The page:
The bin model is initialized with a single liquid water group and two ice groups: one for unrimed (pristine) ice and another for rimed ice. Each hydrometeor group consists of 60 bins with a minimum radius of 1 µm and mass ratio between consecutive bin radii of 1.5, allowing for a maximum particle diameter of a few centimeters. For the unrimed ice group, we use mass–diameter and area–diameter power-law parametrizations for radiating plates taken from Fridlind et al. (2012, Table 1), which generally correspond with the polycrystal ice habit regimes (Bailey and Hallett, 2009) of the generating layer, whether it was actually the elevated moisture layer at ∼ 6.7 or at the top of the deep supercooled layer at ∼ 3.6 (Fig. 13). The rimed ice mass–diameter and area–diameter power-law parametrizations we use are the SSRGA-derived parameters for ℳ=0.016 discussed in Sect. 4.4. Collision and accretion between droplets (creating larger droplets or drops), between unrimed ice and droplets (converting to rimed ice), and between rimed ice and droplets (increasing rimed ice mass) are computed from pairwise particle properties (masses, maximum dimensions, aspect ratio, and projected areas) following Böhm (1999, 2004). Aggregation of ice particles is neglected. Consistently, the forward radar calculations are performed using the same SSRGA method informed by the bin model output.
4.6.2 Model results
The model simulation reached steady-state conditions after ∼ 5 h. During steady-state, in-cloud mean droplet number concentration is ∼ 30 cm−3. The domain's LWP is ∼ 220 g m−2, in general agreement with rough LWP estimates on the order of 100–200 g m−2 using the method developed by Tridon et al. (2020). IWP retrievals following Hogan et al. (2006) using the sounding temperature and KAZR reflectivity measurements suggest values during the event on the order of 400 g m−2 (see Fig. 11), the highest IWPs observed during AWARE. The model steady-state IWP values of ∼ 165 g m−2 are in general agreement with these retrievals considering the high uncertainty associated with these (and other) radar-based ice water content retrievals (e.g., Heymsfield et al., 2008).
Figure 13 illustrates profiles of ice particle concentrations (panel e) together with forward-calculated reflectivities and DWRs (panels f–j) corresponding to the end of simulation (8 h). Initial ice nucleation occurs at the elevated RH layer via aerosol freezing with a maximum ice number concentration of ∼ 0.7 L−1 (Fig. 13e). The ice number concentration apparently decreases with height because the ice particle fall velocities increase with decreasing height as their mass becomes larger due to vapor growth under the ice-supersaturated conditions, reaching roughly uniform concentrations with height that are consistently smaller than retrieved, as further discussed below. As the precipitating ice particles reach an altitude of ∼ 3.6 , the ice particles become rimed and quickly gain additional mass.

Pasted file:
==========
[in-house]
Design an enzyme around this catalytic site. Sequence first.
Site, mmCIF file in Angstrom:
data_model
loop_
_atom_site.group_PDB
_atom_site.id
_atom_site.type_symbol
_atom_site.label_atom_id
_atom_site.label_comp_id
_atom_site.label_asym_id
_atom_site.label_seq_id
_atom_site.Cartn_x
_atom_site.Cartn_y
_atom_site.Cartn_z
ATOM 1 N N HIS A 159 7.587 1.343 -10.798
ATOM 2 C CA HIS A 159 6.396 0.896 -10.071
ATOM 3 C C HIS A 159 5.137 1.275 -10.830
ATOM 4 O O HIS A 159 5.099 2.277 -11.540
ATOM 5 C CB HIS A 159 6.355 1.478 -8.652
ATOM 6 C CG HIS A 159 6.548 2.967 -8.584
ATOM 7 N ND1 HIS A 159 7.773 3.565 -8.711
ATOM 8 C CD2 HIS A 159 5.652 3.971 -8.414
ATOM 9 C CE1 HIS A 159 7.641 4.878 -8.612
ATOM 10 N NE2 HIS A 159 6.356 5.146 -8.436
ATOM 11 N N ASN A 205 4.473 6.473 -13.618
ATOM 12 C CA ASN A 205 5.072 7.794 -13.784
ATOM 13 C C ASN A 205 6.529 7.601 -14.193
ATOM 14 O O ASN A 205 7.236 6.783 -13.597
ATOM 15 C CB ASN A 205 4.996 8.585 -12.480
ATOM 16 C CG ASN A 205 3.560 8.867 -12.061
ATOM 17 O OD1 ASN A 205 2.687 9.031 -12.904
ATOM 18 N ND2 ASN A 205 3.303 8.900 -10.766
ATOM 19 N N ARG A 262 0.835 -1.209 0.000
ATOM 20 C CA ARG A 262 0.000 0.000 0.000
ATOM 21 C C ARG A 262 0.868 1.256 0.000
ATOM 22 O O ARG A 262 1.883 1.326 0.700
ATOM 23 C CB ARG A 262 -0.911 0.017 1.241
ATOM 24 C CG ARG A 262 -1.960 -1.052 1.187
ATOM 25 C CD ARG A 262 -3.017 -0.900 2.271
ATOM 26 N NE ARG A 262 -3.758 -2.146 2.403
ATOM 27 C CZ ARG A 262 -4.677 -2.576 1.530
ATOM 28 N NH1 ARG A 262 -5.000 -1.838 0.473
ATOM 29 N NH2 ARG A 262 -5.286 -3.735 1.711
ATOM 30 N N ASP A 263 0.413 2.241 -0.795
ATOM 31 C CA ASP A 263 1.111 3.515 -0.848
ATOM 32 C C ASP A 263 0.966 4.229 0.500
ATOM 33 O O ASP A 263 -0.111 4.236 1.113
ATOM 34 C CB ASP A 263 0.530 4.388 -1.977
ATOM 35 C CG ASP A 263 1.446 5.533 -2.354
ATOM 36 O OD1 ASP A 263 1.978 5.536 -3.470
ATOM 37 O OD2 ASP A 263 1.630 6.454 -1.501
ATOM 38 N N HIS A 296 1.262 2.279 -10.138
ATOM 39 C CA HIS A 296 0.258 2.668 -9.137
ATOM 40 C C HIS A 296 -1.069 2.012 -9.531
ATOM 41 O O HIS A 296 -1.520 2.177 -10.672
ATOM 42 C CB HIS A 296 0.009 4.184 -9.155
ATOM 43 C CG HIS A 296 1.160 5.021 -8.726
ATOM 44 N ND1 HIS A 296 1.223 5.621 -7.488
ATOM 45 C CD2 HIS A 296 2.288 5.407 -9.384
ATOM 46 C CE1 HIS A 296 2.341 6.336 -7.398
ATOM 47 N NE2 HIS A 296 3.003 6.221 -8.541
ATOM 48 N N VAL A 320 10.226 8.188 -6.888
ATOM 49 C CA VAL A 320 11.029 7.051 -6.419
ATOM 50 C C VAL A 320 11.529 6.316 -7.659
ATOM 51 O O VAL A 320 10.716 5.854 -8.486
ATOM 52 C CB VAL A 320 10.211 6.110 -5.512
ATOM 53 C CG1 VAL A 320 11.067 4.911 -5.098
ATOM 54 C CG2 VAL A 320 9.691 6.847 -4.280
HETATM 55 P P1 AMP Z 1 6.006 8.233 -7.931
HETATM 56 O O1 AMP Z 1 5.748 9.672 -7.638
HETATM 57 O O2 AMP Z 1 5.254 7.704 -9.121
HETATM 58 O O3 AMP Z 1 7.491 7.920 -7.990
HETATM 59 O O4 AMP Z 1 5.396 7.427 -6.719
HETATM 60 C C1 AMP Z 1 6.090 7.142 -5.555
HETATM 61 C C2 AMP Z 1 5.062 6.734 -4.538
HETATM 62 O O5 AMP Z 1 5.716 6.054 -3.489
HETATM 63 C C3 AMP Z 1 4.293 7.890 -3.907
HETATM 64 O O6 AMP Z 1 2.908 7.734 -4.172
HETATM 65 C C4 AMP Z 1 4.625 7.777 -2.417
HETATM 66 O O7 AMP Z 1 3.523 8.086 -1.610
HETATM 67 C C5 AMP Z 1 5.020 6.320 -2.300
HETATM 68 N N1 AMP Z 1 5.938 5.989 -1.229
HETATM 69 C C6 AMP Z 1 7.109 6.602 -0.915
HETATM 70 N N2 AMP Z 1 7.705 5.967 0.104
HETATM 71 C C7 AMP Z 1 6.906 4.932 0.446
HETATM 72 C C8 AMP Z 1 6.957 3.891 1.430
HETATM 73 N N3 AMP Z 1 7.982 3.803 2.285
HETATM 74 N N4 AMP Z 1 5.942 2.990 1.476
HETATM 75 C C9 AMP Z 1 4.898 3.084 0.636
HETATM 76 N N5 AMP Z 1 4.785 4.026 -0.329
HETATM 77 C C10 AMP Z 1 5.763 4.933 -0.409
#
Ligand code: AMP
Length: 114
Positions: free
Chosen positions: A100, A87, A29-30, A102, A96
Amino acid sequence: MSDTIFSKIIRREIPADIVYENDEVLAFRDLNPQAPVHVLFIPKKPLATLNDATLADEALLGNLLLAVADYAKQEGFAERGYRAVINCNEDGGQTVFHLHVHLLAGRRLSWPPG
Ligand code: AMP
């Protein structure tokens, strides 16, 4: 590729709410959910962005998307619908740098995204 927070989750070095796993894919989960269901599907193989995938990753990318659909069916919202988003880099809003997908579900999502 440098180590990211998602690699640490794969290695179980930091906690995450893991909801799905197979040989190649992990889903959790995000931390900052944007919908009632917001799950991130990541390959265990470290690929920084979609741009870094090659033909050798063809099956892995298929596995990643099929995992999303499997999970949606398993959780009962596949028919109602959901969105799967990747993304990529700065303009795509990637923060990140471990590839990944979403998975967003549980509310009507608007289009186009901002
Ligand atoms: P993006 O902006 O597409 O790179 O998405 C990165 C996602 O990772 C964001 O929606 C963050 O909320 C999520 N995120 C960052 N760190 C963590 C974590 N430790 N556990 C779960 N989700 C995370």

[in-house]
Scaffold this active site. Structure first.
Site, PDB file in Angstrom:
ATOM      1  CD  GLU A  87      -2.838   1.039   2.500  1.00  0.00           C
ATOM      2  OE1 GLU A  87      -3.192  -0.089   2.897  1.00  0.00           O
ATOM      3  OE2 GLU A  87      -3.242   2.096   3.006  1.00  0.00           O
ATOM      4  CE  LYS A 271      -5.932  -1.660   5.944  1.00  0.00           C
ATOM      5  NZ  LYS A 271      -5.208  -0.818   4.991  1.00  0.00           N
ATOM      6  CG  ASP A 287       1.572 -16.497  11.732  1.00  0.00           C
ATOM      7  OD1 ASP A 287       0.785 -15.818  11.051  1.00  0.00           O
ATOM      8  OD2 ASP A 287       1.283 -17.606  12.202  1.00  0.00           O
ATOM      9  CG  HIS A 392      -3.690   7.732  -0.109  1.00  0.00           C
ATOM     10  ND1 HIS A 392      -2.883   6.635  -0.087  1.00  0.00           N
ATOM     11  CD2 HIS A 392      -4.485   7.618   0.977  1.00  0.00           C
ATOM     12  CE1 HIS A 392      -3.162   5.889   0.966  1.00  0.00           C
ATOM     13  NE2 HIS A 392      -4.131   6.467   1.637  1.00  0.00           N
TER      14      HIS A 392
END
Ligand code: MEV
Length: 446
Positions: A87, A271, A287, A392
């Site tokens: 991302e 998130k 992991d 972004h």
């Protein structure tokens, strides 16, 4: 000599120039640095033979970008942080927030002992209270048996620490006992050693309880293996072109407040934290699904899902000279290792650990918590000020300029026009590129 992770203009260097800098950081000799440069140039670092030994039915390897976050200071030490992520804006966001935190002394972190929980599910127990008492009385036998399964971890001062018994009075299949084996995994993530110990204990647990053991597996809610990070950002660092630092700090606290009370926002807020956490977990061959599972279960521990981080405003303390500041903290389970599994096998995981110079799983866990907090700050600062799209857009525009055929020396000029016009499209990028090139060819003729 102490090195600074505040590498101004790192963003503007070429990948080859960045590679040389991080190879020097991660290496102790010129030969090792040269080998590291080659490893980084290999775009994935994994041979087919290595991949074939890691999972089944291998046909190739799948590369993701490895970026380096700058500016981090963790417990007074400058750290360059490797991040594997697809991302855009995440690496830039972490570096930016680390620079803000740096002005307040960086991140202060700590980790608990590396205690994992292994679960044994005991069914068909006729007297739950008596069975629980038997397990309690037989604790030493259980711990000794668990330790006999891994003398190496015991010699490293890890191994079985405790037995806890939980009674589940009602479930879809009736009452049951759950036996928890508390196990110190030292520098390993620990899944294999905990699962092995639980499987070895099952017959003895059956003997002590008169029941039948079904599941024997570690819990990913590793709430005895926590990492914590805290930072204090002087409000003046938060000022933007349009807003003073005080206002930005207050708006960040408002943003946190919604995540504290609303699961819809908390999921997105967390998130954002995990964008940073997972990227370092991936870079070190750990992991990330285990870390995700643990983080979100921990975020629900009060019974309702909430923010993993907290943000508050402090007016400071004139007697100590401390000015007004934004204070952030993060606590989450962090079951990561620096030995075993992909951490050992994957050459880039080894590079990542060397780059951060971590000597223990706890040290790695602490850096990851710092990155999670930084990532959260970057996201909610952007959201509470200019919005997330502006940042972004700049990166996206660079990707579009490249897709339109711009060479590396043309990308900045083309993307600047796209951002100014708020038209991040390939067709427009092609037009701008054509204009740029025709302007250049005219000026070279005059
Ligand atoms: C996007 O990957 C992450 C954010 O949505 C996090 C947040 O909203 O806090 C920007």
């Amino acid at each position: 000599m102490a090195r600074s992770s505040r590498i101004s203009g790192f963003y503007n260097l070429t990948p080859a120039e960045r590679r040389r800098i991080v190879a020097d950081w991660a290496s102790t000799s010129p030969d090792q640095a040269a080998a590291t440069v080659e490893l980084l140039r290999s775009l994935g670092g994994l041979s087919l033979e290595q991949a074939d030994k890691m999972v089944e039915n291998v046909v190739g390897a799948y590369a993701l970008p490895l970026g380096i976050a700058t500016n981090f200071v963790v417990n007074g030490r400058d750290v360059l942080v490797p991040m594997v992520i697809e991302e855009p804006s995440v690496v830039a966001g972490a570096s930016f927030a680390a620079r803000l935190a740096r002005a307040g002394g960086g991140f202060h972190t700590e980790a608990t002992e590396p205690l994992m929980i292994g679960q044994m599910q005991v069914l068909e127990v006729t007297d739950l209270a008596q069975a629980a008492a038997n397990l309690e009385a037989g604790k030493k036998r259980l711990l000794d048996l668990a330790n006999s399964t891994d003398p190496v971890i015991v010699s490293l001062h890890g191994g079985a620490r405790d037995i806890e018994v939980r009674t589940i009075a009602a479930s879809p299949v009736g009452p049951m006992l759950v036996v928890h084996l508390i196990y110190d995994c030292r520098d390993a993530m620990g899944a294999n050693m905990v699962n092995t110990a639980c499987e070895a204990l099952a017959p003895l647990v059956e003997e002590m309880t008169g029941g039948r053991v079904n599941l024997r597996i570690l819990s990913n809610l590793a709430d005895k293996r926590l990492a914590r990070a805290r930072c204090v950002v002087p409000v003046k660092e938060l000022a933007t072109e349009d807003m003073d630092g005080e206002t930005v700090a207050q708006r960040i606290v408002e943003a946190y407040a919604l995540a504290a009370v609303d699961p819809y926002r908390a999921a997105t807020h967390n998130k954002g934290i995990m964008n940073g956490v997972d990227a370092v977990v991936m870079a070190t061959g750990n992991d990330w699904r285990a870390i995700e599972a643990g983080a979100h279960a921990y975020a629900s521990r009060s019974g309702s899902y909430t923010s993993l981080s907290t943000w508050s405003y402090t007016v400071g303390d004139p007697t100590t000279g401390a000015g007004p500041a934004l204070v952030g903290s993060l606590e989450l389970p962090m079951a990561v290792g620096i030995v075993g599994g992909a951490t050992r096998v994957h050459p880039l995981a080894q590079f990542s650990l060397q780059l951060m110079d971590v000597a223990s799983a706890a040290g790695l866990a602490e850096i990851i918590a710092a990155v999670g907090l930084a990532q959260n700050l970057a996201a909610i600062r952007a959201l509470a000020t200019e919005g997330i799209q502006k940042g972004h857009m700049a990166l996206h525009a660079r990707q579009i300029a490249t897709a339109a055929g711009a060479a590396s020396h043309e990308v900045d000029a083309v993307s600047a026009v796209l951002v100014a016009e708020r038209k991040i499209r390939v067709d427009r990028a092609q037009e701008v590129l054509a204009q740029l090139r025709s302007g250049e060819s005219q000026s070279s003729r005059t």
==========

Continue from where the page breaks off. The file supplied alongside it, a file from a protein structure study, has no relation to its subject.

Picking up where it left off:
Intensification of the Ka- and X-band reflectivities at these lower altitudes (from 3.5 to 2.1 ) in which the deep supercooled layer exists (Fig. 13f–g; the W-band reflectivity intensification in Fig. 13h is less pronounced) is commensurate with this rapid mass growth. These reflectivity strengthening patterns and values down to the reflectivity peak (between 2.1–3.5 ) are in reasonable agreement with the radar observations. Note that reflectivity aloft is underestimated in this model simulation by up to several dB, which could be attributable to possible biases in the representation of unrimed polycrystals or underestimated ice number concentrations.
The model-based DWRs within the deep supercooled layer where the triple-frequency signature was detected show key similarities with the observations; that is, the DWRX,Ka is kept at low values (<5 dB) while the DWRKa,W increases to large values of ∼ 12 dB (Fig. 13i–j). These similarities are also evident from Fig. 14a, which shows the spread in the observed DWR values at different height ranges together with the temporally averaged values and the bin model output.
To examine the correspondence of this case study's observational analysis conclusions concerning the shape of the ice PSD able to generate the observed triple-frequency signatures (Sect. 4), we perform a gamma distribution fitting to the bin array profile of the rimed ice group at the end of the simulation. Figure 14b shows a profile of μ derived from gamma distribution fits that agree reasonably well with the rimed ice PSD (adjusted r2>0.98). The μ profile indicates a very narrow PSD (μ>40) at the top of the supercooled layer followed by stabilization of μ values at a range of 9–11 at lower heights, which is consistently lower than the best fit to observations (μ∼20). The mean and median ice particle diameters range between 3 and 4 mm over the height range around 2 corresponding to the DWR signatures (Fig. 14c).